Building on a solid foundation, in 2022 Kingswood can confidently work from a platform of a wholly accomplished Phase 1–3, while infrastructure of Phase 4 is also completed. By 2025, it is envisaged that all developer stands will be sold, with the HOA having taken over total responsibility. Other factors included in the five-year forecast are for homes in Kingwood Ridge to be well advanced, the community centre / clubhouse developed and gatehouse repurposed, and for lesser susceptibility to load shedding.
Furthermore, the plan is for implementations relating to the improvement of irrigation reserves, structures and security systems to be finalised. Once these goals have been attained within the five-year timeframe, 2032 will see a fully sustainable Kingswood, with all homes completed … all systems go!
SWOT’s the word
An integral part of strategic planning is SWOT: taking account of Strengths, Weaknesses, Opportunities and Threats. Several points under each of these four headings served to inform the way forward, with strengths including Kingswood’s ownership of the golf course and gatehouse property, its strong financial position, a well-established brand and infrastructure, as well as robust property resales and building activity.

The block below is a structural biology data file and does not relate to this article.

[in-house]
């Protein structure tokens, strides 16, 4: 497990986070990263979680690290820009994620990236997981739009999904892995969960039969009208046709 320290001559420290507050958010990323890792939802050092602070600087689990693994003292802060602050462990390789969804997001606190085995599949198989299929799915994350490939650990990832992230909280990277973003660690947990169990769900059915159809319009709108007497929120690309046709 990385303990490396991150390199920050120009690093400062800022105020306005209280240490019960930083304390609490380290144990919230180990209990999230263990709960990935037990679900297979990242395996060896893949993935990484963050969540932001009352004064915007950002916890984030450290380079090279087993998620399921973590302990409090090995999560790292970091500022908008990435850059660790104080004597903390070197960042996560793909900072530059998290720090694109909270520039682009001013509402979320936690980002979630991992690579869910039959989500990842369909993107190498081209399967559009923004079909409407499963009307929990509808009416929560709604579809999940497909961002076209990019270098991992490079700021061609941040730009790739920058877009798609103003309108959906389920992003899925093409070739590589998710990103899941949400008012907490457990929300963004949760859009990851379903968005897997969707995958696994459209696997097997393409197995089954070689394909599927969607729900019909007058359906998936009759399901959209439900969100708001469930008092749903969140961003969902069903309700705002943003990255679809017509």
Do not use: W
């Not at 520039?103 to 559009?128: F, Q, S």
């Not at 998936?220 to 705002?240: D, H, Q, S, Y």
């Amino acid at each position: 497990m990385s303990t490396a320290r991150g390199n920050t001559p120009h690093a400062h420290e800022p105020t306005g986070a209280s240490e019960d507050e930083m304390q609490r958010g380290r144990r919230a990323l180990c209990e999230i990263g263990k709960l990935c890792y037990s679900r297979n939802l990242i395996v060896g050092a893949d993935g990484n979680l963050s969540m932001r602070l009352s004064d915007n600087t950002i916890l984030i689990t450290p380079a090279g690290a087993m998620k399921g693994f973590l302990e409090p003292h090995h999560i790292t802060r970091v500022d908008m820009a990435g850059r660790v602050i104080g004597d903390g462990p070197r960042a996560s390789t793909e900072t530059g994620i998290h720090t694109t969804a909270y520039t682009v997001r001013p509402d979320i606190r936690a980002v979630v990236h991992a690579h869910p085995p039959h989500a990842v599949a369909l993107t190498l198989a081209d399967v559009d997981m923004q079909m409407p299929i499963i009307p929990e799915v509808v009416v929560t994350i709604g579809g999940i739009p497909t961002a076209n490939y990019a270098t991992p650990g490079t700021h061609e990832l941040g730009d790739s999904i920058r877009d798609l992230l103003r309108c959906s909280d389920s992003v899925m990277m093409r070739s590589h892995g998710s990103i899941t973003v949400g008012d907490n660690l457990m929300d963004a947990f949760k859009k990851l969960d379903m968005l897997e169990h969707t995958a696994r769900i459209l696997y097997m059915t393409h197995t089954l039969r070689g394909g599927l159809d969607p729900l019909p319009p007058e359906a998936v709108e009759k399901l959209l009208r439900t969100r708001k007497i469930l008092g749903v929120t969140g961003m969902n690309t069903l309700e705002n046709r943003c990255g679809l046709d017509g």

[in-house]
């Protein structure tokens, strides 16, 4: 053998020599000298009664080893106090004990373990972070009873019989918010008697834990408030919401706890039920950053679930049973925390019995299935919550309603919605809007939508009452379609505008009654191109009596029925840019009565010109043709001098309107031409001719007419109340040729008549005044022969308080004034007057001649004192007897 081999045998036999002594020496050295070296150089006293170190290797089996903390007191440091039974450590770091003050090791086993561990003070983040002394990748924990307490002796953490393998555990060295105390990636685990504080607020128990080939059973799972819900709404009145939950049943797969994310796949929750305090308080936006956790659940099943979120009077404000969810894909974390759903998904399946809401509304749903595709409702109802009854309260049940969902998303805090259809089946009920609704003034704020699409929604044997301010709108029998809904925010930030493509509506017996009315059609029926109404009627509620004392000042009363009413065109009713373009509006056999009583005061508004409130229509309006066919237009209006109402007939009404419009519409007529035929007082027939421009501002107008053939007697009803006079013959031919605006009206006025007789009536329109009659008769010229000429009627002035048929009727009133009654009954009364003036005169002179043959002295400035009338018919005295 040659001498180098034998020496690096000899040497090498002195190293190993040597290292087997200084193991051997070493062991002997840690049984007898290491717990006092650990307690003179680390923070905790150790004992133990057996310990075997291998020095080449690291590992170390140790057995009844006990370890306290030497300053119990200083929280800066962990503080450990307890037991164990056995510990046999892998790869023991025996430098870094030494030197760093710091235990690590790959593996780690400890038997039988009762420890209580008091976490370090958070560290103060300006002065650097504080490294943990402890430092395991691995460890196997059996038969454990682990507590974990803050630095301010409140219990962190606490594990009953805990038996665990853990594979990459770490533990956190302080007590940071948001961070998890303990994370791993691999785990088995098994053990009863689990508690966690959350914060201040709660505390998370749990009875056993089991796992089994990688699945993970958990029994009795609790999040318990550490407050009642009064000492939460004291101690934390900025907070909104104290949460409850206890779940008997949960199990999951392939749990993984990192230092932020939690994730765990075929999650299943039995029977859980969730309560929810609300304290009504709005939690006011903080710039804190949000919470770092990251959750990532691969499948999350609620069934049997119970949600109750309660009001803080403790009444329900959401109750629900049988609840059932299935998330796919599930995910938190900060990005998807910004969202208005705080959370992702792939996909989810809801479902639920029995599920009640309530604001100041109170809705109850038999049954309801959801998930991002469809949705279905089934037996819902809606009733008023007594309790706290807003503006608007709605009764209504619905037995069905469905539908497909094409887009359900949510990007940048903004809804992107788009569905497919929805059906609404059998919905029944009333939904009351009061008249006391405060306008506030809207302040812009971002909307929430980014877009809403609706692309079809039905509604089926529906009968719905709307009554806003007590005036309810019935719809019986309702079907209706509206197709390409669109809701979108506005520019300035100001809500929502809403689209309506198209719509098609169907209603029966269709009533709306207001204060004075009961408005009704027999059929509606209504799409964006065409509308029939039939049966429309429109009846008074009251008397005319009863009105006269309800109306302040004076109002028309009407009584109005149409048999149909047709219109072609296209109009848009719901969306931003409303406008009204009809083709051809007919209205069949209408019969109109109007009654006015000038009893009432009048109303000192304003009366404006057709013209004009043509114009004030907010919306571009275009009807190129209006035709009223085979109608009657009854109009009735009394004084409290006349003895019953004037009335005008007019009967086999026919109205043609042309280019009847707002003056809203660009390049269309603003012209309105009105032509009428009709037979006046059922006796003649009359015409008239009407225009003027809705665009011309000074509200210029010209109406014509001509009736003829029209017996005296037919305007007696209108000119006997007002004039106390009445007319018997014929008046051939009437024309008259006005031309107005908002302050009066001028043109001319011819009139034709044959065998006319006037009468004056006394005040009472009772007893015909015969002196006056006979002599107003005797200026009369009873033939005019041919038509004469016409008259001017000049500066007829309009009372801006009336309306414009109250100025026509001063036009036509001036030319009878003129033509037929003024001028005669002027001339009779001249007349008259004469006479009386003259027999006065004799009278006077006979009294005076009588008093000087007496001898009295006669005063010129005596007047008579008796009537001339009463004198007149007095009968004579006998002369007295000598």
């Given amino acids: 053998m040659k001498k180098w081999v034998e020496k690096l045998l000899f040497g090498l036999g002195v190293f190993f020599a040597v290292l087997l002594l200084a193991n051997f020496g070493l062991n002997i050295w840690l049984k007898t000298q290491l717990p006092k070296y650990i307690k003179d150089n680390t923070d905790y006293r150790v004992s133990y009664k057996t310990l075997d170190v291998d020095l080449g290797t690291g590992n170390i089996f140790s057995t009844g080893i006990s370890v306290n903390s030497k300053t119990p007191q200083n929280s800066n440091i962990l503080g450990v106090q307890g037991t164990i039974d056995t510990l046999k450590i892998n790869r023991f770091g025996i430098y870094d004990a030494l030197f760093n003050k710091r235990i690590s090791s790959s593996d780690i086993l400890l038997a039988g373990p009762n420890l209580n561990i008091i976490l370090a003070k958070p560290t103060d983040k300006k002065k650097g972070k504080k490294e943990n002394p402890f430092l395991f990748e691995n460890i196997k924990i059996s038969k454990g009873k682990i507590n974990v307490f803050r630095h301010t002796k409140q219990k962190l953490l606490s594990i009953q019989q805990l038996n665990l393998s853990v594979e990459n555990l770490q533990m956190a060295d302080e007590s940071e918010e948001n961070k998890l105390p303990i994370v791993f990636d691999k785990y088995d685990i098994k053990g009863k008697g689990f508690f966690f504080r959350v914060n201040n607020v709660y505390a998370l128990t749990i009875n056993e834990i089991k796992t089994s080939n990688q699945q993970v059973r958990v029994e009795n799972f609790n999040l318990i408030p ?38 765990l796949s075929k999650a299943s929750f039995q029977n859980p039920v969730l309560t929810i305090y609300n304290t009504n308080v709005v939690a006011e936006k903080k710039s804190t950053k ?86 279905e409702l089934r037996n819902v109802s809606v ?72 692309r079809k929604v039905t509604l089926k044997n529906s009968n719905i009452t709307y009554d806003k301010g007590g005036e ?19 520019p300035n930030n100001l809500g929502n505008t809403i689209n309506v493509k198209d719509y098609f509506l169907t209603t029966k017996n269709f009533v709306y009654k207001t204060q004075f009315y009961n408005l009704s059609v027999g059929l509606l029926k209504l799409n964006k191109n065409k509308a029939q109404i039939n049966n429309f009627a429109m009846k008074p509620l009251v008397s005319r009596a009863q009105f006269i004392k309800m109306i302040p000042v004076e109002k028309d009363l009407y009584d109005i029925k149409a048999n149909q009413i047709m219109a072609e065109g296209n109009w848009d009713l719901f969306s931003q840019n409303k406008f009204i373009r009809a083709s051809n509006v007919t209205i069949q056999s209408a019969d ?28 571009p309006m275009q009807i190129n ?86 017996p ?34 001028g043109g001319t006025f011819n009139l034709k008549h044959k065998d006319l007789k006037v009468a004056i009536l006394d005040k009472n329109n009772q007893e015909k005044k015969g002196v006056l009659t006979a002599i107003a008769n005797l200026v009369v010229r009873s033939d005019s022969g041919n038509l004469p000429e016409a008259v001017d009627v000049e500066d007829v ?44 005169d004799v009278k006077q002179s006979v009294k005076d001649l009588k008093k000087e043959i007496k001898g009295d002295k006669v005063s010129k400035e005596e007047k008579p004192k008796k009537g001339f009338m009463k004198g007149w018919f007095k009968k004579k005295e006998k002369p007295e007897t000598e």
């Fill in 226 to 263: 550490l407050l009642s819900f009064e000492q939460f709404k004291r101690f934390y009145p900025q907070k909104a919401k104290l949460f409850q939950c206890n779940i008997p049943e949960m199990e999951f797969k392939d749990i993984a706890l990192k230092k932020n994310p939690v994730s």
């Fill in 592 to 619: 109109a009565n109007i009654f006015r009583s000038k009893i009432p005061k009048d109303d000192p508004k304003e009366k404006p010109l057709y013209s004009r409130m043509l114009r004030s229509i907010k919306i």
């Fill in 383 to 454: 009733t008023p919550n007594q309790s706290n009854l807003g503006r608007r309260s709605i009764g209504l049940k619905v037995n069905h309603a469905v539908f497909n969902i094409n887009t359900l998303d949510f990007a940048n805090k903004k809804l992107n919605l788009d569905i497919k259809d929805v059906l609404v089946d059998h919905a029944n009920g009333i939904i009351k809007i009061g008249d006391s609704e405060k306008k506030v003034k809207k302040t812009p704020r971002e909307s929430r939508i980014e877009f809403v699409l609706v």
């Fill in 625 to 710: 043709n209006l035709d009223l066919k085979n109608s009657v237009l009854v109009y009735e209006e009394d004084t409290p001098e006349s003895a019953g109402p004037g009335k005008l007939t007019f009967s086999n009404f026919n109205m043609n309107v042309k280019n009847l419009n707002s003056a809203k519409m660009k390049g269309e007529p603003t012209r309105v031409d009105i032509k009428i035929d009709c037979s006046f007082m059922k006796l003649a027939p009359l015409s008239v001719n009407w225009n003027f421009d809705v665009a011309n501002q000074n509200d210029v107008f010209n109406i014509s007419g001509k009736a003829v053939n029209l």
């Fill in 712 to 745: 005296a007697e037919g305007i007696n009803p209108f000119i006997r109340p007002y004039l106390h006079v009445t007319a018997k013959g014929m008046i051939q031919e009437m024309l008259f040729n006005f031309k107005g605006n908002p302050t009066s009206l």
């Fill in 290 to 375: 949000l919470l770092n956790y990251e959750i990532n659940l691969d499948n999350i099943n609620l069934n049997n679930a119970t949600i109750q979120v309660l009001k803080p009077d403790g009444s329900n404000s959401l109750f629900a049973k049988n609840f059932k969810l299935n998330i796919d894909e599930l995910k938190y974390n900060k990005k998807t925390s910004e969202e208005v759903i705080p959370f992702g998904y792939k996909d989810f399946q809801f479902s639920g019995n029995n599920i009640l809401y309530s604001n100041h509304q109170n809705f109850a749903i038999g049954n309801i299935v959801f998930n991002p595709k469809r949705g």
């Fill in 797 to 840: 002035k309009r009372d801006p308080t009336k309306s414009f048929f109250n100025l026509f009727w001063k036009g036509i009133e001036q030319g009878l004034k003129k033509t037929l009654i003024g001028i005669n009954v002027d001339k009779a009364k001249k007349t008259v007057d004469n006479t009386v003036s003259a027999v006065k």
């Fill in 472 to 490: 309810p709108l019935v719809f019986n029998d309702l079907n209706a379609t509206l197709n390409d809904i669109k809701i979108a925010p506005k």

Opportunities abound, such as the hiked demand for property resulting from a continued George-semigration trend, and an increase in economic activity due to developments around Kingswood, e.g. a new Mediclinic, The Village Ridge housing development, wellness and lifestyle centre (clay tennis courts), possible private school, and two future developments bordering Phase 4.